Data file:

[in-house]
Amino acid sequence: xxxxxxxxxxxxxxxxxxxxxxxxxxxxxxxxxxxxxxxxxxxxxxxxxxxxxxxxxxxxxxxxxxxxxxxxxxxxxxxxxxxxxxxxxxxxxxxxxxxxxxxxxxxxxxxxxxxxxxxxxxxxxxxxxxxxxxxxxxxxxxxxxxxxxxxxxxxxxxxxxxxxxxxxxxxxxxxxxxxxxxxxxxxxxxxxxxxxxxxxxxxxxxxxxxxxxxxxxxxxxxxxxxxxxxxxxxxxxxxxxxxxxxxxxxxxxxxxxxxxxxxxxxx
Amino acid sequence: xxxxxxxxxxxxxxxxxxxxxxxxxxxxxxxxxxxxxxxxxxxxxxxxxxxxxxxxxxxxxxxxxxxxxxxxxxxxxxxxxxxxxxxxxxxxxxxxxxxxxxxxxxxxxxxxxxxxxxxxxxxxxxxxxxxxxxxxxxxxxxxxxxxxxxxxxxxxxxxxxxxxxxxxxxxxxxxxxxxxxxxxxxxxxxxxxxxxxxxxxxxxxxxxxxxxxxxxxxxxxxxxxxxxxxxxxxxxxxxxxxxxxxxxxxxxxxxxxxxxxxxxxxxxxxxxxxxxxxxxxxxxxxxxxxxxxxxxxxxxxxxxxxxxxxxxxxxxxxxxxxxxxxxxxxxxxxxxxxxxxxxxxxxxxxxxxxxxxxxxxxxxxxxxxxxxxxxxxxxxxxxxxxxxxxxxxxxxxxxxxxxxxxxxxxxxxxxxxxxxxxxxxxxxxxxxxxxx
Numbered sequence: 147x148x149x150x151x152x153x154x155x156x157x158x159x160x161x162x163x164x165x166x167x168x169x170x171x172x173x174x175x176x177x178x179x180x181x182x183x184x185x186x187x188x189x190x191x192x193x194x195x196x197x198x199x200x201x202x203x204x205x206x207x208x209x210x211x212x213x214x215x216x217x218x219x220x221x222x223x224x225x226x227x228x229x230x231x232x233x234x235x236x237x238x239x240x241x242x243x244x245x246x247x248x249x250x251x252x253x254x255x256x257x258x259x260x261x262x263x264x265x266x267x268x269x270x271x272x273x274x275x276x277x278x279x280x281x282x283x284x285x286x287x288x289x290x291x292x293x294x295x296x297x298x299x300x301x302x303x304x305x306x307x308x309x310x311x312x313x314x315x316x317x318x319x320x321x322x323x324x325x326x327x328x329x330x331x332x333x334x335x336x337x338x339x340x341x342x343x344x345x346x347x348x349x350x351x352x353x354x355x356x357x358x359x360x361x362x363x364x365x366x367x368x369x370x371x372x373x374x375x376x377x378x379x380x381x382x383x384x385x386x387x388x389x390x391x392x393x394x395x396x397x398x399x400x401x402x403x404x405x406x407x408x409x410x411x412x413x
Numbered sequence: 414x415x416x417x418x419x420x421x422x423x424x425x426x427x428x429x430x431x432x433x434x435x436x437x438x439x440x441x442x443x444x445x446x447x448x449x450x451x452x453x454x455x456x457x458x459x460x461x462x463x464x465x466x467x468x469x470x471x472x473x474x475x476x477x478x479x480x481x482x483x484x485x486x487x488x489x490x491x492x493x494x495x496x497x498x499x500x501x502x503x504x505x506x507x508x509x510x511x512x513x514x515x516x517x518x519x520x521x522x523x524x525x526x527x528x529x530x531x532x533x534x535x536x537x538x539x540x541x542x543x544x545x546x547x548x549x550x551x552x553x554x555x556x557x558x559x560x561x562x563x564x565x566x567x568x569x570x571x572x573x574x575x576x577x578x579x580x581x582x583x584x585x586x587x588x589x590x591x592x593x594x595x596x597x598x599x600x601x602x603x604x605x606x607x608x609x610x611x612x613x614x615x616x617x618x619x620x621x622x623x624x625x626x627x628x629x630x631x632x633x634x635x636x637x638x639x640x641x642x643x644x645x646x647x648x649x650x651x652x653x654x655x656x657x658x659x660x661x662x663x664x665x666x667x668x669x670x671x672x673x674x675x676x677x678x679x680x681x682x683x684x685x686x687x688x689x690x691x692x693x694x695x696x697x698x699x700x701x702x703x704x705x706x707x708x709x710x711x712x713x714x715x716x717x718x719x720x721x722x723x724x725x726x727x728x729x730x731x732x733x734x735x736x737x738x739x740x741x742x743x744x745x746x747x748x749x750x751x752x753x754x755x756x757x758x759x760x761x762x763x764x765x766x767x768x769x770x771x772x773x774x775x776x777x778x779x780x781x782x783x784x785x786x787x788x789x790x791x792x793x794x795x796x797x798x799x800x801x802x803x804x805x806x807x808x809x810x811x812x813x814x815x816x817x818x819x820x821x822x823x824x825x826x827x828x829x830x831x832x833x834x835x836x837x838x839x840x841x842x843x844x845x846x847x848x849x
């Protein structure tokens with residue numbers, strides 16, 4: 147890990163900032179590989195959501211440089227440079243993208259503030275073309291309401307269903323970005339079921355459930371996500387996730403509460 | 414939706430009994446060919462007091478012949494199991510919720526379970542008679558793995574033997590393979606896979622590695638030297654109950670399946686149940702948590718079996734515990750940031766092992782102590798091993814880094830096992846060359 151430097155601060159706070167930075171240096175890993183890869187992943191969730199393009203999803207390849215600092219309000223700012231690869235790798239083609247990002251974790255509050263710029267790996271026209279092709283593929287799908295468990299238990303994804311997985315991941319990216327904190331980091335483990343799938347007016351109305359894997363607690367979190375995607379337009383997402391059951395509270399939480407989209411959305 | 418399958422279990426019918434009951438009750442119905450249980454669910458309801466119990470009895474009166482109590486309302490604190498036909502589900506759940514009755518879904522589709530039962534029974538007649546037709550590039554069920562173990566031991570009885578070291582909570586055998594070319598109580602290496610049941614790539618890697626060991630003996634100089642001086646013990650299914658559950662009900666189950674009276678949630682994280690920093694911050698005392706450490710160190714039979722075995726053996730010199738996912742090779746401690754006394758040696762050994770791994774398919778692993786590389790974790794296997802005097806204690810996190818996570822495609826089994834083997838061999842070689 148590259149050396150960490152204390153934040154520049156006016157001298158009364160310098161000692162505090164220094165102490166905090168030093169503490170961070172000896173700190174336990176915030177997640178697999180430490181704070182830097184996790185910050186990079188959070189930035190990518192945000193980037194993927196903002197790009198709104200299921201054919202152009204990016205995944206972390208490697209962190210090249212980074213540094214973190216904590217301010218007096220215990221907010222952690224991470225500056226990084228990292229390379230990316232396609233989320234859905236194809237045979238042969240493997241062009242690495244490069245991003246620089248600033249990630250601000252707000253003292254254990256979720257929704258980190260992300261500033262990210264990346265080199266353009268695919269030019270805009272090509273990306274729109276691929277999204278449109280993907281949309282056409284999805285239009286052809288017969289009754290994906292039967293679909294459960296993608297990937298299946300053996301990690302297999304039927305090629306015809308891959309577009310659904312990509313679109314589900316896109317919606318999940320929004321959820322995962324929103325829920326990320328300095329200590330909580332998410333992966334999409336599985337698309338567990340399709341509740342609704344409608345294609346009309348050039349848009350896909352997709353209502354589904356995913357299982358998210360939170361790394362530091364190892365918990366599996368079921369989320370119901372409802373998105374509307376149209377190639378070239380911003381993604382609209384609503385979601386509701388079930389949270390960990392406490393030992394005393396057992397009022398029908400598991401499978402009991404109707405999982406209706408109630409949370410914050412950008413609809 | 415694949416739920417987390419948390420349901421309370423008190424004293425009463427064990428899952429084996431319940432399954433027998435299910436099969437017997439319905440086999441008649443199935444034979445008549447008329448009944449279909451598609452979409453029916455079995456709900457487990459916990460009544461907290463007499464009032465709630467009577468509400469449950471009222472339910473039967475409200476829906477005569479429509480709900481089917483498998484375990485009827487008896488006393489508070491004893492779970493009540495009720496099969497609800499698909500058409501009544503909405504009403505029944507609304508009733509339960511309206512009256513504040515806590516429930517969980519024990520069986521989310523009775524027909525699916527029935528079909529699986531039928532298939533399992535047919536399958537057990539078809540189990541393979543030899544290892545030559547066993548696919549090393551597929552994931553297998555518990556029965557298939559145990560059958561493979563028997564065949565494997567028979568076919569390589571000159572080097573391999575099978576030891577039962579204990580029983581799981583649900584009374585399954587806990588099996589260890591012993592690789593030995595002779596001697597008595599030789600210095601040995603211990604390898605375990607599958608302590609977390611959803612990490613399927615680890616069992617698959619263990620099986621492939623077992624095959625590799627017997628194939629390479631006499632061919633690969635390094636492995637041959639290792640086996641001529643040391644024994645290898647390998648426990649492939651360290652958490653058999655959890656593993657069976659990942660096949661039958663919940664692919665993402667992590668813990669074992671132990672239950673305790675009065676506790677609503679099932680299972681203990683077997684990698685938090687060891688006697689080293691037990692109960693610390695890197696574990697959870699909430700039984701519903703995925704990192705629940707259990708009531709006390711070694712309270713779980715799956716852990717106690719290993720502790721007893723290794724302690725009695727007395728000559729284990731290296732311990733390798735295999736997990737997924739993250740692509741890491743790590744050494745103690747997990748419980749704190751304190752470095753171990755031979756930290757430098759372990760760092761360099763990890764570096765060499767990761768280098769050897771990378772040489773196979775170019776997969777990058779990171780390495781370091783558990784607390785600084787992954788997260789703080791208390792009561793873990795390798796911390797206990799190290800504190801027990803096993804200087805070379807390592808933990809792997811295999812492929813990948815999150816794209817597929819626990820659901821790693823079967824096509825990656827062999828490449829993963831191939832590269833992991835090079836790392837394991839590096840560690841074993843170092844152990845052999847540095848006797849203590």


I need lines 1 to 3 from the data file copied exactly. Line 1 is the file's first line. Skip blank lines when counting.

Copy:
[in-house]
Amino acid sequence: xxxxxxxxxxxxxxxxxxxxxxxxxxxxxxxxxxxxxxxxxxxxxxxxxxxxxxxxxxxxxxxxxxxxxxxxxxxxxxxxxxxxxxxxxxxxxxxxxxxxxxxxxxxxxxxxxxxxxxxxxxxxxxxxxxxxxxxxxxxxxxxxxxxxxxxxxxxxxxxxxxxxxxxxxxxxxxxxxxxxxxxxxxxxxxxxxxxxxxxxxxxxxxxxxxxxxxxxxxxxxxxxxxxxxxxxxxxxxxxxxxxxxxxxxxxxxxxxxxxxxxxxxxx
Amino acid sequence: xxxxxxxxxxxxxxxxxxxxxxxxxxxxxxxxxxxxxxxxxxxxxxxxxxxxxxxxxxxxxxxxxxxxxxxxxxxxxxxxxxxxxxxxxxxxxxxxxxxxxxxxxxxxxxxxxxxxxxxxxxxxxxxxxxxxxxxxxxxxxxxxxxxxxxxxxxxxxxxxxxxxxxxxxxxxxxxxxxxxxxxxxxxxxxxxxxxxxxxxxxxxxxxxxxxxxxxxxxxxxxxxxxxxxxxxxxxxxxxxxxxxxxxxxxxxxxxxxxxxxxxxxxxxxxxxxxxxxxxxxxxxxxxxxxxxxxxxxxxxxxxxxxxxxxxxxxxxxxxxxxxxxxxxxxxxxxxxxxxxxxxxxxxxxxxxxxxxxxxxxxxxxxxxxxxxxxxxxxxxxxxxxxxxxxxxxxxxxxxxxxxxxxxxxxxxxxxxxxxxxxxxxxxxxxxxxxxx